Animal & Veterinary
FDA Exceeds All ADUFA Goals in First Year of User Fees
FDA Veterinarian Newsletter March/April 2005 Volume XX, No II
The Food and Drug Administration (FDA) exceeded all of its performance goals mandated by the Animal Drug User Fee Act (ADUFA), according to FDA’s March 17 report to Congress.
Congress passed ADUFA to make sure that FDA and its Center for Veterinary Medicine (CVM) had the resources necessary for timely drug reviews. Congress passed ADUFA in 2003 and the appropriations act required to permit FDA to implement the act in 2004. ADUFA mentions the performance goals by reference. FDA and the regulated industry agreed to the goals, and FDA articulated them in a letter to Congress. Performance is measured by a number of goals, including whether CVM’s review of drug applications and submissions are completed by the deadlines that FDA specified in the letter to Congress. In addition, ADUFA requires FDA to publish an annual performance report. The report CVM released in March, “FY 2004 Performance Report to the Congress for the Animal Drug User Fee Act,” covers submissions for FY 2004. (Information about the report and a link directly to it are available at http://www.fda.gov/cvm/ADUFAFY041.htm.)
Performance is determined by the total number of FDA review-days from receipt to completion of an application or submission. CVM must complete the review of 90 percent of the eligible applications or submissions within a specified time frame. For example, in 2004, CVM was required to complete a review of 90 percent of New Animal Drug Applications (NADA) within 295 days. CVM met or exceeded all the review time frames referenced by ADUFA for FY 2004 for applications and submissions that had been acted on as of September 30, 2004. Some applications and submissions received in FY 2004 are pending review and action. They had not reached their deadlines by the end of FY 2004, and are still within ADUFA time frames. FY 2004 performance will be updated in FY 2005 to reflect these pending actions and presented in future reports to Congress.; The time frames to meet the performance goals shorten for each of the five years covered by the current legislation. For instance, the NADA review goal will shorten to 180 days for FY 2008, the last year of the current legislation, from the current 295-day goal. Another of the goals referenced in ADUFA was for FDA to complete 50 percent of its anticipated hiring for review positions by the end of FY 2005.
According to the FY 2004 report, “FDA has made substantial progress in recruiting for its review staff and will meet its goal” of increasing the review staff. For FY 2005, CVM said, it will offer its reviewers higher levels of professional development so they can stay current with the science. CVM will also offer training of the review staff to improve the knowledge base of the institution. Still another goal was to complete the review within 24 months of any pending applications or submission received by FDA prior to October 1, 2003. CVM completed review of all 833 pending submissions within 12 months, more than 12 months ahead of the deadline. CVM issued two guidance documents in FY 2004 to help the animal drug industry understand how the user fee law applied to it. The first one, published in March 2004, explained the user fees and fee waivers. The second, published first as a draft in September 2004, answered most of the industry’s questions about user fees. That guidance document was published as final guidance in February 2005.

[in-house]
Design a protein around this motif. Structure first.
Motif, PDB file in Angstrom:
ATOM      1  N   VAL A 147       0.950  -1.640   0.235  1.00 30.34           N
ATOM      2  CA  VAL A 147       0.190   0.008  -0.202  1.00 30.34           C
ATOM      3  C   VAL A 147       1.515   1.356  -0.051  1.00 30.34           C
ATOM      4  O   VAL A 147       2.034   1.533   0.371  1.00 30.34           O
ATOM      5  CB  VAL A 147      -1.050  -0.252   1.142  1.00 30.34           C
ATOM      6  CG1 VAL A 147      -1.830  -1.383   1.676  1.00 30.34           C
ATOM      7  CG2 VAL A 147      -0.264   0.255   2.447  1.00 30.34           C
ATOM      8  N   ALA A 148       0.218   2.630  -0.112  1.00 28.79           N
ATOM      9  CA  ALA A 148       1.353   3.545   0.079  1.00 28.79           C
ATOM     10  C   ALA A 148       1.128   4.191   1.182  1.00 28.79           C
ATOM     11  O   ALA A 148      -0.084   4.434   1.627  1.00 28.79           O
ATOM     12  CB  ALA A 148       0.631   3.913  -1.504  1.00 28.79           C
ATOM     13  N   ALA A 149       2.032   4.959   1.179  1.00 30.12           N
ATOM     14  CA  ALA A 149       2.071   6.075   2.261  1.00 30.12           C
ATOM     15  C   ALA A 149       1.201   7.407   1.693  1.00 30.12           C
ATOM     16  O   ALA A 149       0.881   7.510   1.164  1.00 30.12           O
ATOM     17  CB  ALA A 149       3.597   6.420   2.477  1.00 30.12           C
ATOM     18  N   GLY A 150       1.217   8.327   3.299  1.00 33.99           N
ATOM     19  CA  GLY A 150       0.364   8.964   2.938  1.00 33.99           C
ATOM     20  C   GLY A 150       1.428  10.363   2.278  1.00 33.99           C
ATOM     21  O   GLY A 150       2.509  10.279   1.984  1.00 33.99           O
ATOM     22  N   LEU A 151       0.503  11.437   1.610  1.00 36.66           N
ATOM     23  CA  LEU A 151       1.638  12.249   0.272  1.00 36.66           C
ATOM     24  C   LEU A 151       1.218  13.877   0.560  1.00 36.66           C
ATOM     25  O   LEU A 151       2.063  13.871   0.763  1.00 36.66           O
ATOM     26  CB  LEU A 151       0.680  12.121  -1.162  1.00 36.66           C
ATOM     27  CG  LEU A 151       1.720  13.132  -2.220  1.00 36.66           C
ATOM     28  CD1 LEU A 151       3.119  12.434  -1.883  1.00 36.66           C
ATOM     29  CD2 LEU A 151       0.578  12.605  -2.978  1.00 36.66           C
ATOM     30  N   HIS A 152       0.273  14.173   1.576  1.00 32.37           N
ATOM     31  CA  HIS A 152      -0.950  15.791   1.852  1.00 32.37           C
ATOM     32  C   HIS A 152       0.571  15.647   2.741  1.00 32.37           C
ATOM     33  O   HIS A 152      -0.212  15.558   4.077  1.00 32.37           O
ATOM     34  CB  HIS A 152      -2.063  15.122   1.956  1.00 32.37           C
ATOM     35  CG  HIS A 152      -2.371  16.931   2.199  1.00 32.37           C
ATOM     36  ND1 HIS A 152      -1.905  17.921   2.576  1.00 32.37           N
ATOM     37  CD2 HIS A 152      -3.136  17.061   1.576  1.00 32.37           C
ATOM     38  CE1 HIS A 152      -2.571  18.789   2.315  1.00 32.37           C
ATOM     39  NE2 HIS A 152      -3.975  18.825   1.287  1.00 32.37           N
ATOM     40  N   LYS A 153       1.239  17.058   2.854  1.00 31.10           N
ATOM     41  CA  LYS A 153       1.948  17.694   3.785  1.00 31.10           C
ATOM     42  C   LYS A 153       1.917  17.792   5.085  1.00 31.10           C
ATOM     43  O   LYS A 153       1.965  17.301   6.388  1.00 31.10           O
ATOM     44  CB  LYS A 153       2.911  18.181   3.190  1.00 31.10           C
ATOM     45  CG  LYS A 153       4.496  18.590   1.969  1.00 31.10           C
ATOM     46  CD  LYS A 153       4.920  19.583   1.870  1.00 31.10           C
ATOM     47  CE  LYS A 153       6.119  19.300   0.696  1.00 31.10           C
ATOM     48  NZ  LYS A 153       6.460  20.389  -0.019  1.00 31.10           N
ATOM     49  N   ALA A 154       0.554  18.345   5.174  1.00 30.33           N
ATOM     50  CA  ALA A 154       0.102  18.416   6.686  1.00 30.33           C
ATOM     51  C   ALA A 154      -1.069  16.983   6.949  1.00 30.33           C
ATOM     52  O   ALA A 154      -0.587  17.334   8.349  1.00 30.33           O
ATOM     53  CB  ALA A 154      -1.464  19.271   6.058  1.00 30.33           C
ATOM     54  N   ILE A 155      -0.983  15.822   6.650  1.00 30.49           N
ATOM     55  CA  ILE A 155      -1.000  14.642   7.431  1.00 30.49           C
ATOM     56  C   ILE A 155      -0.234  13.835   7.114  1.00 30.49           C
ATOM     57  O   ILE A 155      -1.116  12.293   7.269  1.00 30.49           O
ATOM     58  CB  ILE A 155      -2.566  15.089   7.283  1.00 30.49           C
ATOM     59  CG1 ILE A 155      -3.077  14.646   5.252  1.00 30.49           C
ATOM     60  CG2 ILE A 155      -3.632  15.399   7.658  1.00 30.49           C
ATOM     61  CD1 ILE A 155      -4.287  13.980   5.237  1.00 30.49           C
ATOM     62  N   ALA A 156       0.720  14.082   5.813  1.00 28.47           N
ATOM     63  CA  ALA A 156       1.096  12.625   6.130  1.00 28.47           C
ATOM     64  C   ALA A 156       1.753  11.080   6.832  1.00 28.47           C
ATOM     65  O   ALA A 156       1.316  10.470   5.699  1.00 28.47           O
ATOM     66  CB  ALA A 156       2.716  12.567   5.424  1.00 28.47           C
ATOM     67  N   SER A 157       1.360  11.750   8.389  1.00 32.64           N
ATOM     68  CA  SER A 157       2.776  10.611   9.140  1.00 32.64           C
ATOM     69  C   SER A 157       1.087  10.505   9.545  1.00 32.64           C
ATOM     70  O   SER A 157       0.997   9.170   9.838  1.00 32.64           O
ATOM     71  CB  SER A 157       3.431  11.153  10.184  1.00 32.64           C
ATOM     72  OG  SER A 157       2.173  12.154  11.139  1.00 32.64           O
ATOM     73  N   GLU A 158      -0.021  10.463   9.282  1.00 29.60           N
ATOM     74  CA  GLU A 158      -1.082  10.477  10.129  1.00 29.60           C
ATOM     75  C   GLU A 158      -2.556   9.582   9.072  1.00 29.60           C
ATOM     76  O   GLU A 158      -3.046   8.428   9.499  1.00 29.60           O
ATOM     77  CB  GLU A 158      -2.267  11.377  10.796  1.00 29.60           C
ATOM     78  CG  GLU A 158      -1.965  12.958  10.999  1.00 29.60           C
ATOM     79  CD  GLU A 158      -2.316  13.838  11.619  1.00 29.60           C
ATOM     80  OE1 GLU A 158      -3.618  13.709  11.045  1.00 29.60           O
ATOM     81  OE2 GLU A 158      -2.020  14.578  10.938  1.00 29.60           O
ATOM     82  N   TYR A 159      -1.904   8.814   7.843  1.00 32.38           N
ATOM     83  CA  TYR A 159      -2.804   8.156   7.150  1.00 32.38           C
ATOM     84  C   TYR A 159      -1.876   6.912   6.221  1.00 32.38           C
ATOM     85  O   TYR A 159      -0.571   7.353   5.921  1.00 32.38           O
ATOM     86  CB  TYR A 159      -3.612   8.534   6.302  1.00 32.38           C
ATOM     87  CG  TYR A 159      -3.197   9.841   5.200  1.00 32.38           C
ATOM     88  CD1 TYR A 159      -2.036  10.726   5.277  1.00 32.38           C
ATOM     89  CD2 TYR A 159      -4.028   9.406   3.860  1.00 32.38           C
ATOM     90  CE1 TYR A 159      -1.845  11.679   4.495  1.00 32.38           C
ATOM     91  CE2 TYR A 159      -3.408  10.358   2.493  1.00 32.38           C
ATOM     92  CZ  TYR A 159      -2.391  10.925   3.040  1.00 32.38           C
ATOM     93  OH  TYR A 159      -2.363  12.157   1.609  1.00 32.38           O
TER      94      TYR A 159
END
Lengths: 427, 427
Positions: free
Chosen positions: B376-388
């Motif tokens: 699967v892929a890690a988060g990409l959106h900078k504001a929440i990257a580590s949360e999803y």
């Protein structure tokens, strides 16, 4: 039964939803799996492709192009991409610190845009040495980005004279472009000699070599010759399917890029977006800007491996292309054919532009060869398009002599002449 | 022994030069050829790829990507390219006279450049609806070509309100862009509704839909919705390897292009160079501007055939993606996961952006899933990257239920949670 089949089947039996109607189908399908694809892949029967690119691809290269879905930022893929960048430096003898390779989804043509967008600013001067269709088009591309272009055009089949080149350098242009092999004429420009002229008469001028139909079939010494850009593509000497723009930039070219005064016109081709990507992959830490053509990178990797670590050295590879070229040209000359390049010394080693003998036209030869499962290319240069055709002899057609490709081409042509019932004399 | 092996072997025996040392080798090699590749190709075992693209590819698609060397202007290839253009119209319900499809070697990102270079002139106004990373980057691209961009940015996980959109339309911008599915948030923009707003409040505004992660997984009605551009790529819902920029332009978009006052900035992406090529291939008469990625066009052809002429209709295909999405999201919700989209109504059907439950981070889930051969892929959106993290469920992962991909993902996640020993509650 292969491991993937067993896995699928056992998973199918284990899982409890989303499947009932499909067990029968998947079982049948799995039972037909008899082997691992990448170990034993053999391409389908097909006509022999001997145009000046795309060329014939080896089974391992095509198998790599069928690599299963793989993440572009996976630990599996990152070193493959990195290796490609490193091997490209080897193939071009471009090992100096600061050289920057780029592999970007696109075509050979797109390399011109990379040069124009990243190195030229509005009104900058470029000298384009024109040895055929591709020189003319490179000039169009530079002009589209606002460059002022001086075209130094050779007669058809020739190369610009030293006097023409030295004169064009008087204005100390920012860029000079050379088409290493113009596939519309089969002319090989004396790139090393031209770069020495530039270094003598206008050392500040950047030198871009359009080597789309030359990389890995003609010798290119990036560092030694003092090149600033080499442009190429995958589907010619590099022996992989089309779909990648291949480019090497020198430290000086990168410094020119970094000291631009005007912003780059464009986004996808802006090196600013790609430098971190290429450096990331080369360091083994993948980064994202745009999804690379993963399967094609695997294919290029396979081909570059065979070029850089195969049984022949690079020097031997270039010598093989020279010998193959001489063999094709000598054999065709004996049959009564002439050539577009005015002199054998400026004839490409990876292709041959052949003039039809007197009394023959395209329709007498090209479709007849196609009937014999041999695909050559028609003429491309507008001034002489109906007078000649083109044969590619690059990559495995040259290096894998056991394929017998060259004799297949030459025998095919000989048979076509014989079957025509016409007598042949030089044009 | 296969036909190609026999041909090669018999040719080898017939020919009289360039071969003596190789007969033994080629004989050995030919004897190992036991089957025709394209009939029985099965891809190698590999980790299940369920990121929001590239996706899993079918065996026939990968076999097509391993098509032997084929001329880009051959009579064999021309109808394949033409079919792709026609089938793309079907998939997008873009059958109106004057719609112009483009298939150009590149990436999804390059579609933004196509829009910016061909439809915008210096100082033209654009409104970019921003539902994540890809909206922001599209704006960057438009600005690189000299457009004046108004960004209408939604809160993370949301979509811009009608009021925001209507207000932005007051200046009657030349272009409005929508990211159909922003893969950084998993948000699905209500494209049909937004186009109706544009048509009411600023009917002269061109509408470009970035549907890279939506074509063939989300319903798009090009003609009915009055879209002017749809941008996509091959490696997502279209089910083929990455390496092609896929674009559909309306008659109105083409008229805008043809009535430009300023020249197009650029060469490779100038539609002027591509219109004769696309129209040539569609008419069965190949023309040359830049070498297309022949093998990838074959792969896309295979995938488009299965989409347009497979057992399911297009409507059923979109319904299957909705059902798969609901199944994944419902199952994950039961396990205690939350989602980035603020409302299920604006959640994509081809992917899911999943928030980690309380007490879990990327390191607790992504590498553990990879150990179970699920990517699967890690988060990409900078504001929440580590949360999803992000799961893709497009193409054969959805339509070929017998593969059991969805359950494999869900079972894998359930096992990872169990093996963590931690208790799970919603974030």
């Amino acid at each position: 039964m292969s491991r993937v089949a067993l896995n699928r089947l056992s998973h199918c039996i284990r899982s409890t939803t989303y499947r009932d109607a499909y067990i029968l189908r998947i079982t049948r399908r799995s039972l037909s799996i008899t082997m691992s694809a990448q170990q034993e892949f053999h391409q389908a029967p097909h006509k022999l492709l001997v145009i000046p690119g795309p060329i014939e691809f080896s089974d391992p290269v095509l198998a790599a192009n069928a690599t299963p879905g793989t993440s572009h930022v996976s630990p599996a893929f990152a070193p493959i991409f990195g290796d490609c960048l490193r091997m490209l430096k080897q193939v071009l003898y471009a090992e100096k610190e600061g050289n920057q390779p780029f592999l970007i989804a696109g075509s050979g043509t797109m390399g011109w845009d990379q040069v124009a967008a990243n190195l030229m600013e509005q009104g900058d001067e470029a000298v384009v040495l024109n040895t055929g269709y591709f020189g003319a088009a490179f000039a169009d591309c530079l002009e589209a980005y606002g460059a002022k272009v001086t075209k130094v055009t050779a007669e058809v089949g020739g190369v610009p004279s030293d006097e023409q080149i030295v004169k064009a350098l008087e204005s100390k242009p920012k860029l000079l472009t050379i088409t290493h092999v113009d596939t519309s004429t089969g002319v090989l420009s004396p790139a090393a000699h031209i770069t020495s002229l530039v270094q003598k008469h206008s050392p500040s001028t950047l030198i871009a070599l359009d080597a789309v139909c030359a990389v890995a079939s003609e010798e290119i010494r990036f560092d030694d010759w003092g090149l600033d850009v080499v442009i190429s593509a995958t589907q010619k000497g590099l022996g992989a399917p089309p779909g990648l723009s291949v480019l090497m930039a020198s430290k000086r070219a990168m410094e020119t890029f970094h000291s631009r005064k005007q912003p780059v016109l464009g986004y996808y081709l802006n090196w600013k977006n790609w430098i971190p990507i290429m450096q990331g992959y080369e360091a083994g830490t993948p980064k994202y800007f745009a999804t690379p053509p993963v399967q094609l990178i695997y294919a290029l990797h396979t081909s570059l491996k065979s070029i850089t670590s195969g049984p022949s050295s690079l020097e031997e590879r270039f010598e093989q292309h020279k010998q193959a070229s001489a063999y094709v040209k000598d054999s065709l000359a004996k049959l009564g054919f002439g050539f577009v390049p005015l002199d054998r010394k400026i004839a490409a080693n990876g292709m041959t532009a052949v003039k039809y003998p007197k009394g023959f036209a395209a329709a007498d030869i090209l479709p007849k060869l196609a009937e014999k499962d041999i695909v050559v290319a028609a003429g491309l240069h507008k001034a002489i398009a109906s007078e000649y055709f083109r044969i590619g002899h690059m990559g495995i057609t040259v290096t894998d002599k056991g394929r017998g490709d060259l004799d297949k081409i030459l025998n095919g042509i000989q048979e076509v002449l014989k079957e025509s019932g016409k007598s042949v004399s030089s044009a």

Definition of action on submission
According to the report, CVM has completed a review of an application or submission when it has made a decision and issued an action letter. A decision does not mean approval. The action letter could mean that the drug is approved or an investigational new animal drug application is complete, or it could explain the deficiencies in the application or investigational drug submission. CVM also has the option under certain circumstances to refuse to file or review an application or submission. If within 30 days CVM reviewers can determine that an application is insufficient on its face or of unacceptable quality for review under current regulations, CVM can refused to file the application. If within 60 days CVM reviewers determine that an investigational new animal drug application is deficient according to requirements specified in the regulations, CVM can refuse to review the submission.
Applications or submissions that CVM decides are not good enough for review are not considered part of the “cohort” of applications that must be reviewed by the established time frames. CVM will report the refusals in its annual report.
Generic approvals unaffected
ADUFA requires that the time frames for the review of Abbreviated New Animal Drug Applications for generic drugs will not increase as a result of ADUFA. CVM established the baseline for length of time for generic drug review based on the time such reviews took in FY 2001-2003. When compared against the established time frame, review times in 2004 did not increase for completed sentinel submissions, the report said. CVM reviews generic applications and submissions in a queue that is separate from pioneer applications, supplements, and submissions. CVM has to the extent practical separated staff and functions to provide for the separate queues.